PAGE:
Grand Lake’s plans to burn slash fizzle fast |

Grand Lake’s plans to burn slash fizzle fast

Tonya Bina
Sky-Hi Daily News

Grand Lake’s chances to use Rocky Mountain National Park’s air curtain burner are getting thinner than the standing dead trees on the town’s property.

A solution that seemed a relatively easy way to dispose of massive amounts of slash fizzled when former dump property belonging to the Grand Lake Metropolitan Recreation District was deemed unsuitable for the project.

The recreation district board suggested an alternative site, but that also would not work because of its proximity to trails and the abundance of fire-susceptible wood materials leftover from previous district forestry projects.

Thus, the town is finding itself in a predicament.

It has access to a 30-foot by 8-foot by 8-foot $80,000 air curtain incinerator that can burn 10 tons of slash an hour, but it has no place to put it near town.

This may mean a greater expense to the town’s residents, who have been extended the same per-tree prices for removal the town was able to negotiate with contractors.

In a section of town east of the Tonahutu River, the town-hired contractor is chipping about 2,000 trees on-site and spreading them on a 132-foot right of way. Although putting thick layers of chips can be detrimental to new growth, Town Manager Shane Hale said a thin layer should not adversely affect soils.

In the section of town referred to as “Mary Drive /Woodpecker Hill,” contractors plan to chip about half of tree materials on site. There is an 80-foot right of way on three to four blocks that can absorb application of chips this spring, according to the town.

However in the main section of town, the bulk of the town’s massive tree-removal efforts, “We don’t have anywhere to put all the slash,” Hale said.

And hauling slash to Granby would be “cost prohibitive.”

At this point, the town is looking to “contract with someone on this end of the county to take the slash,” Hale said, an option that recently surfaced.

The cost of this solution would be more than if the air-curtain burner was still in the picture, but not “astronomical,” Hale said.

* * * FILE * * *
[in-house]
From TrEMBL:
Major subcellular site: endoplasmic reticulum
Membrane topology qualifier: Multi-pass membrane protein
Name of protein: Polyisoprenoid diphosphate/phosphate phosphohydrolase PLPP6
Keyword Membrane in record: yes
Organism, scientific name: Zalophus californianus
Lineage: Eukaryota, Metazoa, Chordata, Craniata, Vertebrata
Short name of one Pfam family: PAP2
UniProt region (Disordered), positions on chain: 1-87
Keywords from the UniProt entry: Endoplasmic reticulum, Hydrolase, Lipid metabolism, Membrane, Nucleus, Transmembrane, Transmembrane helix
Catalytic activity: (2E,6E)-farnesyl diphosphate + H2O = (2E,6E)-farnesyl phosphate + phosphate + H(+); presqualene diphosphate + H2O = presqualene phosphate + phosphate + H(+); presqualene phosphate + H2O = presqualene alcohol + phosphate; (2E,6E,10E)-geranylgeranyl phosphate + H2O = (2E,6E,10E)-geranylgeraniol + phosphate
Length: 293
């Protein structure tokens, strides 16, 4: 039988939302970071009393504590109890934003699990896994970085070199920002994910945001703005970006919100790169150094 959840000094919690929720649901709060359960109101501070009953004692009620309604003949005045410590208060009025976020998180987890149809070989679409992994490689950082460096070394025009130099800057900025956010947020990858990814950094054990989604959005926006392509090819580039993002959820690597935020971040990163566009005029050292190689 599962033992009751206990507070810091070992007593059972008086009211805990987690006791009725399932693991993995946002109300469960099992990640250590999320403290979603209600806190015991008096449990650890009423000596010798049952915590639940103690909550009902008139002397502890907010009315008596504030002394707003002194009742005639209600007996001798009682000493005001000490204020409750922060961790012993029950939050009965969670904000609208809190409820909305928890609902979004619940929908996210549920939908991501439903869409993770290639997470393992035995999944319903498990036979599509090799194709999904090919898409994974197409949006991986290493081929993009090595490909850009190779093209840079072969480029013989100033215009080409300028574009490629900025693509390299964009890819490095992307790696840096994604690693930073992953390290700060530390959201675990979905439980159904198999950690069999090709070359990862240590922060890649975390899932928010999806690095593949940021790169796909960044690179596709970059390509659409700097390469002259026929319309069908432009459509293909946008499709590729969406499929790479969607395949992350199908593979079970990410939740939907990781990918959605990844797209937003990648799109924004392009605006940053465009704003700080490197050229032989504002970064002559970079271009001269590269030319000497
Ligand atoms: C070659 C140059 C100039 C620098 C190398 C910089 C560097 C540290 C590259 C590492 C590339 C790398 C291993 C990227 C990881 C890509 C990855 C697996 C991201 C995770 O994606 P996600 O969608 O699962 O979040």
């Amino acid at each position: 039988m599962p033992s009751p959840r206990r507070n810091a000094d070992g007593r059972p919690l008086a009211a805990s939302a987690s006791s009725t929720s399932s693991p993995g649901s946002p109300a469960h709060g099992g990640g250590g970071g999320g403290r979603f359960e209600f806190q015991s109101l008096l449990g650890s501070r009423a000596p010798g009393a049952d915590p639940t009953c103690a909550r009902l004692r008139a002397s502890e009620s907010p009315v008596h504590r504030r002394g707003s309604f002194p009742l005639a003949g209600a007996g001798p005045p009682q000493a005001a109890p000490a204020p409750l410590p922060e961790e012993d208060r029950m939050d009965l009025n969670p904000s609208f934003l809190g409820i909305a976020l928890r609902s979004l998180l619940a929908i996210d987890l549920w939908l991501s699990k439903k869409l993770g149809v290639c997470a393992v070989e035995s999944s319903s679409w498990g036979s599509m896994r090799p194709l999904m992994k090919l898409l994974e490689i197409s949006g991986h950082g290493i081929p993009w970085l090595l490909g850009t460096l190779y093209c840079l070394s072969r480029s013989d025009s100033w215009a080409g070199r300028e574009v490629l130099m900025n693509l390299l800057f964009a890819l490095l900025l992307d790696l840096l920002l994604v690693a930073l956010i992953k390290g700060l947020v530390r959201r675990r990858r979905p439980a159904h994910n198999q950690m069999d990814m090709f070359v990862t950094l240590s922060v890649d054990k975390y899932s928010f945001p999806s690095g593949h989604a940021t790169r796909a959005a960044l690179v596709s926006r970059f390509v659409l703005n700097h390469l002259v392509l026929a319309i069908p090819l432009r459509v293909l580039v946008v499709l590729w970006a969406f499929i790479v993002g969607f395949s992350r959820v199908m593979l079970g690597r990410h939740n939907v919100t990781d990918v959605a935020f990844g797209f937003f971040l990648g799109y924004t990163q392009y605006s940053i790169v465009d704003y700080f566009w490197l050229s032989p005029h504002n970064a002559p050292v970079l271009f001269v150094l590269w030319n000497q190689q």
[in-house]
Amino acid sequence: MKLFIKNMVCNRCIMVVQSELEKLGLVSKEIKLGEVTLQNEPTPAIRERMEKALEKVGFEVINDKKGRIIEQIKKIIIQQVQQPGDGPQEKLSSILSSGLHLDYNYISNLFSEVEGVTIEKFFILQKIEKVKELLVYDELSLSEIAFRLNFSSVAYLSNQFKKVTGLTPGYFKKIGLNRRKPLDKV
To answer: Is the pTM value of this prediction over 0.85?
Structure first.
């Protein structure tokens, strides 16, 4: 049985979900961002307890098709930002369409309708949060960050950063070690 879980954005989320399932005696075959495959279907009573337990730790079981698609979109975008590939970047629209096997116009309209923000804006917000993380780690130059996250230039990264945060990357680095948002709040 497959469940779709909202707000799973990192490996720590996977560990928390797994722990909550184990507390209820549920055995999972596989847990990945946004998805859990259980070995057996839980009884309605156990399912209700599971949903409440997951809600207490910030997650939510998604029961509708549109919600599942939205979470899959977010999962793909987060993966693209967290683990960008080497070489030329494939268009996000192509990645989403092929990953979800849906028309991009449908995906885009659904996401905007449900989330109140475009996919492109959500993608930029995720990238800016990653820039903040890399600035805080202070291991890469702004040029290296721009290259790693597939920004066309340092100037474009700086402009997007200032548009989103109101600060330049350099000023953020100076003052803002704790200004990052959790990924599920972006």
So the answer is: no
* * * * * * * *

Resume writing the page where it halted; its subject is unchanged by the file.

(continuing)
The town’s original thought was to locate the Park’s air curtain burner at the east inlet boat-launch parking lot, but that became impossible due to timing. The burner is available to Grand Lake only in June, just when the boat launch is teeming with lake users.

Water quality standard sought for Colorado jewel

Colorado’s largest natural body of water, Grand Lake is getting its share of attention lately as subject of state hearings involving water quality standards.

This month, the Greater Grand Lake Shoreline Association, the Northwest Colorado Council of Governments, Grand County, the Colorado River District and Grand Lake have contracted the services of Rob Buirgy, former director of the Big Thompson Watershed Forum to analyze water quality data available on Grand Lake, according to an update from Katherine Morris of Grand County water resources.

Buirgy will look specifically at Secci depth data to determine parameters for a water quality standard.

Secci disks are used to measure water clarity.

John Stahl of the shoreline association and researcher Pat Raney of Grand Lake are volunteering to help cross-reference data and transfer it into Excel files, according to Morris.

Hearings on the Grand Lake water quality standard with the Colorado Department of Health and Environment are taking place on April 1 and June 9-10.

The clarity of Grand Lake, measured by Dr. Robert Pennak in 1955 at a Secci disk depth of 9.2 meters, had been reduced to a recorded 1.37 meters on Aug. 14, 2007, as measured by the Grand County Water Information Network.

Agencies are proposing that a water quality standard for the lake, which has never existed, be set at 4 meters Secci disk depth “as an interim and attainable goal on which to develop and base management plans,” according to NWCOGG’s proposal for the standard. That depth would then be revisited in future rulemaking to determine “if there is a more appropriate standard.”

“It is appropriate to adopt this water quality standard,” NWCOGG states, “for the protection of Grand Lake’s clarity because of Grand Lake’s uniqueness as Colorado’s largest natural lake” as well as its historic prominence as the Colorado River headwaters, its proximity to Rocky Mountain National Park and “its social and economic importance.”

Although the town of Grand Lake is working on its part to improve the town’s storm water drainage to better protect the lake, last night the town board approved a $500 contribution to support the contracted services of Buirgy.

“This is something that is really important,” Hale told board members. “It’s symbolic, if anything, that says the town is a partner in this. It’s enough to be meaningful, but not so much it would hurt our bottom line.”

” To reach Tonya Bina, e-mail or 970-887-3334 ext. 19603.

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